Arnold Kling  

Cost Disease

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Leftist Austrian Economics... Job-Creation Arithmetic...

If the government is taking more in taxes than it did forty years ago, then why does the typical citizen not feel that he or she is getting more in services? Kevin Drum proposes an answer.


In fact, most of the per capita increase in government expenditure over the past 40 years has come from Medicare, Social Security, and interest on the national debt, none of which benefit him at all — for the moment, anyway. And much of the rest of it comes from the fact that we pay government employees more, just the same as we pay private sector employees more these days too thanks to rising GDP and increasing prosperity. School teachers, for example, are no longer expected to do their jobs for $15,000 per year.

My problem with the latter explanation is that it begs the question of why public-sector productivity growth is nonexistent. The only reason that private-sector employees earn more than they did forty years ago is that their productivity is higher. While it is true that the public sector must now pay higher wages in order to compete with the private sector, it would seem plausible that the same technologies that have increased productivity in the private sector would increase productivity in the public sector.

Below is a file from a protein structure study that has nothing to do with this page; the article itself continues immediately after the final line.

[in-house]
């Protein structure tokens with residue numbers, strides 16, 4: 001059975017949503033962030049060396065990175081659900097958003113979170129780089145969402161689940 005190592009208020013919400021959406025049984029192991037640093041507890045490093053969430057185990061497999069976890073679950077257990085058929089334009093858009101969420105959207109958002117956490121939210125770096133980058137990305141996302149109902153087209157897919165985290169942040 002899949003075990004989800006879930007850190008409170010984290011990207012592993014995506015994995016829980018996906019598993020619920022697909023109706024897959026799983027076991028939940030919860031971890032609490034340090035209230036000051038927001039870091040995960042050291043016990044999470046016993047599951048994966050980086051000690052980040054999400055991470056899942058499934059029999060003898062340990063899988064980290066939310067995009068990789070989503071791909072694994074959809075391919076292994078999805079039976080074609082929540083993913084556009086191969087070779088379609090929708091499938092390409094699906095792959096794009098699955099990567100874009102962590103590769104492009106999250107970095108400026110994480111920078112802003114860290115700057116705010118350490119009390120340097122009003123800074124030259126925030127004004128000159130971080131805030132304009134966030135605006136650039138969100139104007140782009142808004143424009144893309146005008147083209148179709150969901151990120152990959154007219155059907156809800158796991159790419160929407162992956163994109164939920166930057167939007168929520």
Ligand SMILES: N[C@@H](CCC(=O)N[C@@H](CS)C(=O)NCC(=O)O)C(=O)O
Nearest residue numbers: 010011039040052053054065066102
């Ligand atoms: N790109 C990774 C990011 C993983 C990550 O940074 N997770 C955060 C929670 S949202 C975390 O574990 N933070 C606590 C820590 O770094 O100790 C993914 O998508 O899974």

There is, of course, William Baumol's "cost disease" thesis, which is that productivity tends to stagnate in the service sector in general and in the government sector in particular. However, it seems to me that we should try to alleviate cost disease if we can.

Note that Victor Davis Hanson's assessment of the war in Iraq would suggest that the military has managed to overcome cost disease.


The United States military is now evolving geometrically as it gains experience from near-constant fighting and grafts new technology daily. Indeed, it seems to be doubling, tripling, and even quadrupling its lethality every few years.

For Discussion. Given that much of government spending growth in the past decade has been at the state and local level, is there anything other than cost disease that might explain why a taxpayer would perceive a failure of the quality of government services to keep pace with taxes?


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COMMENTS (8 to date)
Eric writes:

Gulf War II made me think about the vastly increased "productivity" of our armed forces.

How would you measure that productivity? The denominator is definitely the number of our troops killed. I don't know what would be in the numerator.

I read somewhere that on D-Day, we lost something like 100 soldiers per minute. We only lost that many this time in a month.

David Thomson writes:

“Given that much of government spending growth in the past decade has been at the state and local level...”

Alas, the federal government does not have a monopoly on foolish spending. The local governments and the states also know how to waste money. Thankfully, however, the latter have a far more difficult time of continuing their nonsense. Sooner or later, the nasty stuff hits the fan. Why is this? Please note that no government entity outside of Washington, D.C. has the ability to print money! This makes all the difference.

Productivity gains? Only private sector businesses have to seriously worry about this factor. This is a very secondary issue for our government bureaucrats.

scott writes:

State and local governments spend more money on education than anything else. All of the educational proposals currently in vogue specifically involve reducing productivity. They keep looking for smaller class sizes and higher teacher pay with the promise of better educational achievement for the students.